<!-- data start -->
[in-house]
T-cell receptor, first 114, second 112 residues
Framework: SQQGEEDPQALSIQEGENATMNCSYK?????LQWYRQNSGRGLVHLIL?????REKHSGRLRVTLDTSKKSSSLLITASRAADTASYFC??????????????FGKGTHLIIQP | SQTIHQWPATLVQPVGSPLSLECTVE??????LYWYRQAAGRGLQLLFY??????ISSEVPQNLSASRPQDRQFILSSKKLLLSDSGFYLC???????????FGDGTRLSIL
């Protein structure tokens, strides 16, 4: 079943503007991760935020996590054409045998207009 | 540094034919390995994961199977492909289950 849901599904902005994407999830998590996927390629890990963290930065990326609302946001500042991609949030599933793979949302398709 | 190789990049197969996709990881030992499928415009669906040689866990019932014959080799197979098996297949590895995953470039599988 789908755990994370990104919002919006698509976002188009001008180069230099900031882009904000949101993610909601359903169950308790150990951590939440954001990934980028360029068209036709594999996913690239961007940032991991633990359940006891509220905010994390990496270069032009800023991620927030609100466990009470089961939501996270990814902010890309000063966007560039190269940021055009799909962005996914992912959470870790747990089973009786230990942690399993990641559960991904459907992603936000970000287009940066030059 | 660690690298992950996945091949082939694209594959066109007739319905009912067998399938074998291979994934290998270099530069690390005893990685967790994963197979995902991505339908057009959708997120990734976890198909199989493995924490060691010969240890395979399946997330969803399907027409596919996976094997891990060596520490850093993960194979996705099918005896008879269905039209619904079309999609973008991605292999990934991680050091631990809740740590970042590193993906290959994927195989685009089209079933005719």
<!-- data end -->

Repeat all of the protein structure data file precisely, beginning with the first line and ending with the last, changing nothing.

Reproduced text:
[in-house]
T-cell receptor, first 114, second 112 residues
Framework: SQQGEEDPQALSIQEGENATMNCSYK?????LQWYRQNSGRGLVHLIL?????REKHSGRLRVTLDTSKKSSSLLITASRAADTASYFC??????????????FGKGTHLIIQP | SQTIHQWPATLVQPVGSPLSLECTVE??????LYWYRQAAGRGLQLLFY??????ISSEVPQNLSASRPQDRQFILSSKKLLLSDSGFYLC???????????FGDGTRLSIL
């Protein structure tokens, strides 16, 4: 079943503007991760935020996590054409045998207009 | 540094034919390995994961199977492909289950 849901599904902005994407999830998590996927390629890990963290930065990326609302946001500042991609949030599933793979949302398709 | 190789990049197969996709990881030992499928415009669906040689866990019932014959080799197979098996297949590895995953470039599988 789908755990994370990104919002919006698509976002188009001008180069230099900031882009904000949101993610909601359903169950308790150990951590939440954001990934980028360029068209036709594999996913690239961007940032991991633990359940006891509220905010994390990496270069032009800023991620927030609100466990009470089961939501996270990814902010890309000063966007560039190269940021055009799909962005996914992912959470870790747990089973009786230990942690399993990641559960991904459907992603936000970000287009940066030059 | 660690690298992950996945091949082939694209594959066109007739319905009912067998399938074998291979994934290998270099530069690390005893990685967790994963197979995902991505339908057009959708997120990734976890198909199989493995924490060691010969240890395979399946997330969803399907027409596919996976094997891990060596520490850093993960194979996705099918005896008879269905039209619904079309999609973008991605292999990934991680050091631990809740740590970042590193993906290959994927195989685009089209079933005719």